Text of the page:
• Start with your top-level financial goals and targets such as the specific numbers that define success for your company.
  • Look at the things going on in your market and industry. What are the trends for the last few years? What are your customers and employees saying?
  • Look at your financial statements. Often times, the “right numbers” will include sales, gross profit and net profit from the income statement. Balance sheet numbers might include level of cash, accounts receivable, debt and equity. You may also calculate various ratios such as gross margin percent and current ratio.
  • List all the vital areas of focus – customer service, marketing, sales, products and services, production and quality – then drill deeper into each of them. These may be your various departments or they may be workflow functions independent of the department.
  • Don’t focus only on just financial measures. Operational numbers (i.e. web hits, turnaround time, customer satisfaction, etc.) can be especially helpful in analysing the progress toward your most important goals and growth.
  • Ask yourself these two questions: What numbers do you and your people currently monitor on a regular basis? How did you choose those numbers?

Now that you have a BUNCH of numbers, start the elimination game, as here is my final piece of advice for determining the metrics you’re going to track:

  • Keep the amount of information to a handful of KPI critical numbers so your attention isn’t spread. Just because you CAN measure something doesn’t mean you SHOULD. Sometimes, Less is more. Consider also having key managers taking on some of the KPIs that relate to their area – finance, production, operations, sales, marketing, etc.

Once you’ve narrowed down your KPIs, ask yourself and the team one more question: Are we monitoring the right numbers? Usually time will tell – it sorts out over a period – you’re not going to know your essential and critical numbers right away, and other times you’re spot on.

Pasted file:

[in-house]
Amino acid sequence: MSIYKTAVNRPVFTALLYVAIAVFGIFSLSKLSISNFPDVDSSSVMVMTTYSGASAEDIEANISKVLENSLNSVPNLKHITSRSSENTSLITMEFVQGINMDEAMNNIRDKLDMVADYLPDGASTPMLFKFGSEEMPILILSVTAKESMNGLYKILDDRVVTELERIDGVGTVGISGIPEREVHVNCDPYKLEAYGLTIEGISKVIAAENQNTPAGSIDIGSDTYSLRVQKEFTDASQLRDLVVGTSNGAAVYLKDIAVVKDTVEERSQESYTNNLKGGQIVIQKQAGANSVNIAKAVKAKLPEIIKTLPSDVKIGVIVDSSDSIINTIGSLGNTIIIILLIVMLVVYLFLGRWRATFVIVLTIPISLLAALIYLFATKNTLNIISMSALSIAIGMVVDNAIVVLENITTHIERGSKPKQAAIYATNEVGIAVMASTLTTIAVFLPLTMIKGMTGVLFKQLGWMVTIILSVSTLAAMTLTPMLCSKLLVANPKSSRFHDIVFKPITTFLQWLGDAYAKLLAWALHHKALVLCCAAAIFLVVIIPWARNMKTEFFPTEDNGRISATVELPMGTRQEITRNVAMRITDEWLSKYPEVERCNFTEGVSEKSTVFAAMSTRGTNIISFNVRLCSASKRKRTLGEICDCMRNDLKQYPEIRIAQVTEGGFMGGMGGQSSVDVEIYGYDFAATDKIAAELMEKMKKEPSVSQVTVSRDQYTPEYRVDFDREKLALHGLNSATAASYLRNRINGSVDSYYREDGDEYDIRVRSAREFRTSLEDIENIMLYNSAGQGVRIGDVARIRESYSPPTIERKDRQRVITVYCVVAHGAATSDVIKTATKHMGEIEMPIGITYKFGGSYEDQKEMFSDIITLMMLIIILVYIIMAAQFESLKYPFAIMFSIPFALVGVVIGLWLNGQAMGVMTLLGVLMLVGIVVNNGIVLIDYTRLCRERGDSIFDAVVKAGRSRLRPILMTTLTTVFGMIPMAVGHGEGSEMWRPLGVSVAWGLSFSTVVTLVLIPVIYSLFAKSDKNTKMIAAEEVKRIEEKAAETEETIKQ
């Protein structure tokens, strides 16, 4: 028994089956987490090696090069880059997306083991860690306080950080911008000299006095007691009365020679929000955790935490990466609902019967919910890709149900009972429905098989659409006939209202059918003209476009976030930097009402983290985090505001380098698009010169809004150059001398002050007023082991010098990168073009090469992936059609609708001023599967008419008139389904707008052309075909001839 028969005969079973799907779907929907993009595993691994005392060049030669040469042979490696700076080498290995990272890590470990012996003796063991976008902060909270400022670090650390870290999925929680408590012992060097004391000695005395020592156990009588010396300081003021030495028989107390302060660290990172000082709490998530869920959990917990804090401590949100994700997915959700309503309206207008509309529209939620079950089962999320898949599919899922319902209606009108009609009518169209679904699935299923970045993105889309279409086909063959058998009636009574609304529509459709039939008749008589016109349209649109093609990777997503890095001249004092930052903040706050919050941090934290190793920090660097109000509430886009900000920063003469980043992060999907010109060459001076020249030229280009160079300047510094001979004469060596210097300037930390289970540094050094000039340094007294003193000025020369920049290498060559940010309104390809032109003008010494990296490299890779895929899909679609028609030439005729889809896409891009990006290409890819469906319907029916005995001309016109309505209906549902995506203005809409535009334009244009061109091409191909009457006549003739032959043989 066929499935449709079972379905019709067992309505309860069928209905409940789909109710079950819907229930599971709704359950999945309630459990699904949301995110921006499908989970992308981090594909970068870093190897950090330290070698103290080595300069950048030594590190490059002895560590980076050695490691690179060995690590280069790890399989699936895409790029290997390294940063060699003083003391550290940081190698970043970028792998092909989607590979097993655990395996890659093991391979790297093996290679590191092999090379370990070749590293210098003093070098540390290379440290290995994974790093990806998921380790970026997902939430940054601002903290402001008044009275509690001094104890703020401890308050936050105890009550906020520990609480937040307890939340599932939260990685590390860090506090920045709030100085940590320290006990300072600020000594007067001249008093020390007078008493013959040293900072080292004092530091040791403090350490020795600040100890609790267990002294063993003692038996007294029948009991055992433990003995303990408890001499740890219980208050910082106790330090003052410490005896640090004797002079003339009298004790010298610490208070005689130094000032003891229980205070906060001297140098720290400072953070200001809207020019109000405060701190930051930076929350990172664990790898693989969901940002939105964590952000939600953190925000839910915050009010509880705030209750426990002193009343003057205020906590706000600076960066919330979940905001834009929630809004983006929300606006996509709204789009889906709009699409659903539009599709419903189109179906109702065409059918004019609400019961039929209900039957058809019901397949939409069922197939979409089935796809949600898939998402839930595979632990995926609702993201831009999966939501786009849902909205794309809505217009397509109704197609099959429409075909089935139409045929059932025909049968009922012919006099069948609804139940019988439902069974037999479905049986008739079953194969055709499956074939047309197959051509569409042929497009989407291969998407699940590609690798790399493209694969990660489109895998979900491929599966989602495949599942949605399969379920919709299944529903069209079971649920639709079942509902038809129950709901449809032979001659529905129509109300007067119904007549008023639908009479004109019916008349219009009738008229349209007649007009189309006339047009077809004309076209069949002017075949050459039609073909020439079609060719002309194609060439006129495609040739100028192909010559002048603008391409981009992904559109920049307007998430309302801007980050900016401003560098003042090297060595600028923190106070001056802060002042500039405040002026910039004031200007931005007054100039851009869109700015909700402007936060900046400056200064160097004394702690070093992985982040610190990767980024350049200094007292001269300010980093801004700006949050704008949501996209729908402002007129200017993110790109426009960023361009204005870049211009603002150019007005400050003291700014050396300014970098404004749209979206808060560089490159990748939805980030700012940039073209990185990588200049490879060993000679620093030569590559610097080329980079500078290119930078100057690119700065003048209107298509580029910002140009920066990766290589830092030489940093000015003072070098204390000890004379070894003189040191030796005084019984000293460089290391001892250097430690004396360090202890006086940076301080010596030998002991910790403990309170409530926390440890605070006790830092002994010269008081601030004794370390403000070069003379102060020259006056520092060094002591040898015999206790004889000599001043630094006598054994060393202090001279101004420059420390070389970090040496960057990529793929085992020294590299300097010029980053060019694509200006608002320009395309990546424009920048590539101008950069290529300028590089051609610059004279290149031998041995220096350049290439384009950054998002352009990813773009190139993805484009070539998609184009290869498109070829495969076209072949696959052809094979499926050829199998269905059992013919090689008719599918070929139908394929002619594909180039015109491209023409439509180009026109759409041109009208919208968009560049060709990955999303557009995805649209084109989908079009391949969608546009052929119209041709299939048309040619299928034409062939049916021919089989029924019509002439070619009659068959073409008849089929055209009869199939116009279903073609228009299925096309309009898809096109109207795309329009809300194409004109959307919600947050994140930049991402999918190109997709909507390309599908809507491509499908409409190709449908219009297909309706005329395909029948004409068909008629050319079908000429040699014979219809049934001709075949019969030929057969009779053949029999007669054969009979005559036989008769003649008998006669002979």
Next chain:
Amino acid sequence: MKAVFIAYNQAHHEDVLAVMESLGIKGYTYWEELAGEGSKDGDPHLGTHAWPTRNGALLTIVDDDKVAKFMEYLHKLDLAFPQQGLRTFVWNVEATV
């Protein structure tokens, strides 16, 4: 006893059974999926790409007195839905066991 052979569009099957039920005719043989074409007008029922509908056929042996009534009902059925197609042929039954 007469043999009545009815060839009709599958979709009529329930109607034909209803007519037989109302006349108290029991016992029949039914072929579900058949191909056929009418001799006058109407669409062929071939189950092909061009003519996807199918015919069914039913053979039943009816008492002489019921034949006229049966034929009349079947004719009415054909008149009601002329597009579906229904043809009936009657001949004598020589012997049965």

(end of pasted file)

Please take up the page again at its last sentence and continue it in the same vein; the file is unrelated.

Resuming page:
Finally, it is critical to create a system to organize your numbers. For this, consider starting a dashboard for all to see.

One client of ours, instead of showing the $, prefers to show Quotes and Invoices as Hours, with minimum targets monthly for each. So once we have checked all the accounts receivable is reconciled to deposits in his Xero, we run reports on the previous month total Quotes and total Invoiced. In excel I have created a template to enter this raw data, which is automatically converted to a number called hours (which is derived after financial review of the required $ per hour minimum to cover the business costs and wages and super currently).

I then post the numbers – above or below the Min. target on a white board in the office so all can see.

When targets are met they celebrate, when they aren’t they try to work out what has changed or been missed, and make changes to stop the retreat. And it’s engaging all staff, and creating a team effort! The KPIs are WORKING!

They are part of the AKplus service he receives from us, which includes a Business Health Review of other KPIs – Sales, Gross & Net Profit, Current Ratio. See Services in the Menu, and call to ask us to send a FREE sample of how we help businesses understand the numbers, and GROW!

Need help? Not sure? Call for FREE 30min advice / strategy session today!

Call 0407 361 596 Aust